I don't think, though, that Hair "codified" anything, but was a reflection of a kind of song-writing that had been developing for many years prior. I would say that if there is an ultimate hippie song, it's probably "San Francisco (Be Sure to Wear Flowers in Your Hair)," written early in 1967 (Hair's first, less-famous, iteration happened in October that year).

But it's an interesting theory. The problem in it may be that there is never merely one zeitgeist going on at any given moment, although it makes it easier for us to discuss the past if we believe otherwise.

Musical Theory and Zeitgeist Theory
Posted by SonofRobbieJ 2013-02-04 16:26:50


I would argue that it's popular music that affects the zeitgeist. For a long time, the world of musical theatre and the world of popular music were concurrent. Beginning in the late 50's (perhaps earlier), the two began to diverge.

Musical Theory and Zeitgeist Theory
Posted by Mister Matt 2013-02-04 16:58:55


It can be very subjective, especially how you interpret the zeitgeist of a particular time. When I think of musical theatre in the 90s, I always think of Rent first. For me, it definitely contributed to the zeitgeist because of its unexpected popularity, its immediate relevance, and its influence in American musical theatre. BUT it was a uniquely American phenomenon that didn't have the same impact internationally.

Whether Hair contributed to the zeitgeist or was a product of the zeitgeist is sort of a chicken/egg question.

Art can function in two ways in connection with the zeitgeist: good art fits into the zeitgeist of the time, being "successful" because of either being "good" or "right for the time/trendy/of its time;" great art has such an impact that it CREATES or influences the zeitgeist, rather than being created or influenced solely by the zeitgeist.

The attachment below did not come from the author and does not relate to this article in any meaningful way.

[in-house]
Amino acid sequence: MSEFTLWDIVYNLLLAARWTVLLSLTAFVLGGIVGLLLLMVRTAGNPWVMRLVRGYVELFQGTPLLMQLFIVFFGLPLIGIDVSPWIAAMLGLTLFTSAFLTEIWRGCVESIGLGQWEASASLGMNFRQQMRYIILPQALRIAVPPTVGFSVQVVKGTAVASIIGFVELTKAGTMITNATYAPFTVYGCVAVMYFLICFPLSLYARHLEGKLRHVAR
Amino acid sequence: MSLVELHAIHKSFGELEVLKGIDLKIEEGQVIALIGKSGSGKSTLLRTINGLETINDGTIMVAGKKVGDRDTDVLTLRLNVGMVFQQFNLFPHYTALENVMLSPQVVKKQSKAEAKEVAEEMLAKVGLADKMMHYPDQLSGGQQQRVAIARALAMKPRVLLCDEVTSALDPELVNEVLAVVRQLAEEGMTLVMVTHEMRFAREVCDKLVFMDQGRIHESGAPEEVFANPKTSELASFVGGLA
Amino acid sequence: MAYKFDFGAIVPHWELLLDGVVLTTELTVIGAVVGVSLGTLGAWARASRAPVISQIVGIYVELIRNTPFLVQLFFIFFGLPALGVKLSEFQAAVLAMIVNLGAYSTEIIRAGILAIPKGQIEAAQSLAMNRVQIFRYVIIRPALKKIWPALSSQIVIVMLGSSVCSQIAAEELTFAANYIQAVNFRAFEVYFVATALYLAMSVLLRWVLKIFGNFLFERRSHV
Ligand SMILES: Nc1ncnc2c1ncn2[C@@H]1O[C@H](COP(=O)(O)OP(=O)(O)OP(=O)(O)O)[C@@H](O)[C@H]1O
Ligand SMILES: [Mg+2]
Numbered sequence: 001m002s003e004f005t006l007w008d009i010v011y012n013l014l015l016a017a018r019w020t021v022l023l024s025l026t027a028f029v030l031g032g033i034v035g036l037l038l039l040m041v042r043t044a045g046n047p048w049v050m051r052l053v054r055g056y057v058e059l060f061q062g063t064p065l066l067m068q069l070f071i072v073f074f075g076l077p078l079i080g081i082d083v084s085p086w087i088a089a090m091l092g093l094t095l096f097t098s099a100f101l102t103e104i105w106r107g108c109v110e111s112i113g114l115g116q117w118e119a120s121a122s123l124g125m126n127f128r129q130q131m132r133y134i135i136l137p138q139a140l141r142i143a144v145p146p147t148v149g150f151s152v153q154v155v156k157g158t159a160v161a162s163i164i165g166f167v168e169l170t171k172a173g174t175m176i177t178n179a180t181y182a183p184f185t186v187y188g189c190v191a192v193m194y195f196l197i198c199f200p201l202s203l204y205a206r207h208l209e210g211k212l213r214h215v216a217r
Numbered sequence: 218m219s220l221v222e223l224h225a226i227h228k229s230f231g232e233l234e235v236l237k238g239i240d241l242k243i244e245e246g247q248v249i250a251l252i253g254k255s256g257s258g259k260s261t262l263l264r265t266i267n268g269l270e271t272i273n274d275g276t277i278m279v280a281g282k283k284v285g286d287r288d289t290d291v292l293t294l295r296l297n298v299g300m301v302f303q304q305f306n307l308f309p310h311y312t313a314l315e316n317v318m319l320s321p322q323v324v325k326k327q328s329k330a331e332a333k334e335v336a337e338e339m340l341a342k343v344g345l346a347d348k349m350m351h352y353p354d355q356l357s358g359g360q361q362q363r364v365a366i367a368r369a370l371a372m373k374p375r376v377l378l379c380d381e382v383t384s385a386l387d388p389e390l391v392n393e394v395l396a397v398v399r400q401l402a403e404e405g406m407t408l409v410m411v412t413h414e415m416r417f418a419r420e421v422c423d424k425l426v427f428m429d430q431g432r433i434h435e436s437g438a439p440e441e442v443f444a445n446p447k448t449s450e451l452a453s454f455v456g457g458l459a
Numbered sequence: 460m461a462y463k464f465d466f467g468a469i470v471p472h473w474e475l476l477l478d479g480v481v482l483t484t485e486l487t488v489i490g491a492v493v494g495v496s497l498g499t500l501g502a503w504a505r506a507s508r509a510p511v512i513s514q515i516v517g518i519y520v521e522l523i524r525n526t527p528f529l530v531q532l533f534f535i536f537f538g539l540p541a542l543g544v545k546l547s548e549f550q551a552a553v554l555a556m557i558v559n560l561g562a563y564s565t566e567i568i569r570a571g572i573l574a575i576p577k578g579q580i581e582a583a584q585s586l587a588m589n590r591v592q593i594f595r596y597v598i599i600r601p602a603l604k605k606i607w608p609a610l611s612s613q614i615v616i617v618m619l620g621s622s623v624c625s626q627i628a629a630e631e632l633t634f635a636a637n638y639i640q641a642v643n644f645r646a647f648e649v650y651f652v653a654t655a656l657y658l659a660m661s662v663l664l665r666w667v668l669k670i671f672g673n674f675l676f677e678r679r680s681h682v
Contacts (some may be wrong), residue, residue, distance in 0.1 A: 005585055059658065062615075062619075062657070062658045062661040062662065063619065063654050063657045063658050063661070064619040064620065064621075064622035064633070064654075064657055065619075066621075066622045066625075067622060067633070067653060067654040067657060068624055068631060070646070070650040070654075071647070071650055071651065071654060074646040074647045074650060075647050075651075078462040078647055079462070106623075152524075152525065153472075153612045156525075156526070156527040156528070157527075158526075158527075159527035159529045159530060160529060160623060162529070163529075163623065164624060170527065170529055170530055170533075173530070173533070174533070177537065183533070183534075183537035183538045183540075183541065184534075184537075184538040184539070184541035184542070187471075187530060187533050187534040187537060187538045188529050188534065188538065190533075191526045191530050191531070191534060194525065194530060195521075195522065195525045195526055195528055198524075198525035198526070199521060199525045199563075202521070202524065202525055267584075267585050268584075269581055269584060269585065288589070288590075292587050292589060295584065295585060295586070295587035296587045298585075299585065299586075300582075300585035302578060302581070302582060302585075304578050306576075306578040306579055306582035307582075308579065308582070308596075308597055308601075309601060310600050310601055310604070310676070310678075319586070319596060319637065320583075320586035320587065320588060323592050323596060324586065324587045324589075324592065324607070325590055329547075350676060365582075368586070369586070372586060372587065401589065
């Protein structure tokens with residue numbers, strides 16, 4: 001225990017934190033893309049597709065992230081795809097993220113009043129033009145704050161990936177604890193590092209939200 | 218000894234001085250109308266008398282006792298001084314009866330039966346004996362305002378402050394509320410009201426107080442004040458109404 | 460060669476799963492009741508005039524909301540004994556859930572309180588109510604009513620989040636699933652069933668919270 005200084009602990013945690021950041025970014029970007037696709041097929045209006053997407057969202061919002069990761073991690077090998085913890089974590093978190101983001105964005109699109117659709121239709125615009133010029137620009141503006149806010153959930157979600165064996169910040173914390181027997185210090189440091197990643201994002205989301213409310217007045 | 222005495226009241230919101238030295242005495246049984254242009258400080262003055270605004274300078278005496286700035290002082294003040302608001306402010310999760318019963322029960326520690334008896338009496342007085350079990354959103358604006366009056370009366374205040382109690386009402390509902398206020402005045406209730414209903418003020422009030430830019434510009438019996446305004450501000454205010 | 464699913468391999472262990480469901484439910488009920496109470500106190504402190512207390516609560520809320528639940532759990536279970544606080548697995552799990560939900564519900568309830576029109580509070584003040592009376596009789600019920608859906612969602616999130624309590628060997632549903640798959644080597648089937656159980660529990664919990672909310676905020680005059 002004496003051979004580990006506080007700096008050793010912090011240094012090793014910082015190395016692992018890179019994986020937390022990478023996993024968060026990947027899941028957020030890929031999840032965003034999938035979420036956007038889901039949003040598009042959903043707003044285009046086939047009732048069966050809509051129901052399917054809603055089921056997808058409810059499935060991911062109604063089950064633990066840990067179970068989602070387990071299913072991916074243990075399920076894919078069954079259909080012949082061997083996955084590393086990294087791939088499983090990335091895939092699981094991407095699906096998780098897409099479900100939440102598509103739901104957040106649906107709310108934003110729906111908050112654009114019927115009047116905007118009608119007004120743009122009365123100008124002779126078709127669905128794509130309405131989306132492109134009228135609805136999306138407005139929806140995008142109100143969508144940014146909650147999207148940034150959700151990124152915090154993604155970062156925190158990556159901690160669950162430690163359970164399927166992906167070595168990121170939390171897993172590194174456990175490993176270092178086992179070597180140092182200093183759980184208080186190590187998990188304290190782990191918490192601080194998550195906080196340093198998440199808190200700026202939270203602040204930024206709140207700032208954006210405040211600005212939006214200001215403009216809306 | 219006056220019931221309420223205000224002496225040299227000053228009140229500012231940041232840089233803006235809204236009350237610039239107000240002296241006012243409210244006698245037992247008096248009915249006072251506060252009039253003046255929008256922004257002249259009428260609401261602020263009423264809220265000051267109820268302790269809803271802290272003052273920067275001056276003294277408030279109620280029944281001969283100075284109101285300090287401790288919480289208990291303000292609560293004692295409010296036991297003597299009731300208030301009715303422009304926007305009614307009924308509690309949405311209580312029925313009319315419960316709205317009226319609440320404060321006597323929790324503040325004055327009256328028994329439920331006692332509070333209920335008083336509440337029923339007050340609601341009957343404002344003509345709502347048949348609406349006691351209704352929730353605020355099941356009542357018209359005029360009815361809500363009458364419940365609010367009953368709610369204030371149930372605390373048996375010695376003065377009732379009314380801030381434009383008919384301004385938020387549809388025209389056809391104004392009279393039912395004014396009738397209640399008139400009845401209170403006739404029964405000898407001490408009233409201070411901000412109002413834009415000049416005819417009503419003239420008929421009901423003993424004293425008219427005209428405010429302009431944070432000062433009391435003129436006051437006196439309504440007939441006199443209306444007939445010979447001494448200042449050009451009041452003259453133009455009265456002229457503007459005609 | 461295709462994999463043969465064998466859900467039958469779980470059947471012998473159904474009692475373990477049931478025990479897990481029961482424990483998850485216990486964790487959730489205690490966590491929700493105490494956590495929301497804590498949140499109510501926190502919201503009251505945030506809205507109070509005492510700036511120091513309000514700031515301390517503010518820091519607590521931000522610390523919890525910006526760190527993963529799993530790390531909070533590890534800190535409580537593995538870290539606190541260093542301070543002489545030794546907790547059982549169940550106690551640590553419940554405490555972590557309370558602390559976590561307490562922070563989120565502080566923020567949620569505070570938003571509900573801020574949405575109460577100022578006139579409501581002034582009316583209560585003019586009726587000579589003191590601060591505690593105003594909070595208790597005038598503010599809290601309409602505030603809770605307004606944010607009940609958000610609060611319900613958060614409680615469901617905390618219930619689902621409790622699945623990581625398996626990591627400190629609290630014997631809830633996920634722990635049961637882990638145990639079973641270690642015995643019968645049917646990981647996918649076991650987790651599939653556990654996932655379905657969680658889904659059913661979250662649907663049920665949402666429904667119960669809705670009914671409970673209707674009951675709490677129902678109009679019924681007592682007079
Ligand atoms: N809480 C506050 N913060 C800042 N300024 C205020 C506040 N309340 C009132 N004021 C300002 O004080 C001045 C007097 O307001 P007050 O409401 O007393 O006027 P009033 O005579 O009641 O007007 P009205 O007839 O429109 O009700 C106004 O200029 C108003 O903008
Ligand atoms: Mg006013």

Or there is the combination of the two. I believe there is an argument to be made that the overwhelming popularity of a show that is so rooted in its reflection of the current time can be indicative of influencing the zeitgeist, especially at a time when Broadway musicals and popular music were no longer integrated.

I would say that if there is an ultimate hippie song, it's probably "San Francisco (Be Sure to Wear Flowers in Your Hair),"

That was my thought as well.

Musical Theory and Zeitgeist Theory
Posted by Kad 2013-02-04 17:05:03


I'd argue that Hair premiered right after the peak of the hippie culture, and ended up only being a symbol/defining work in retrospect.

Musical Theory and Zeitgeist Theory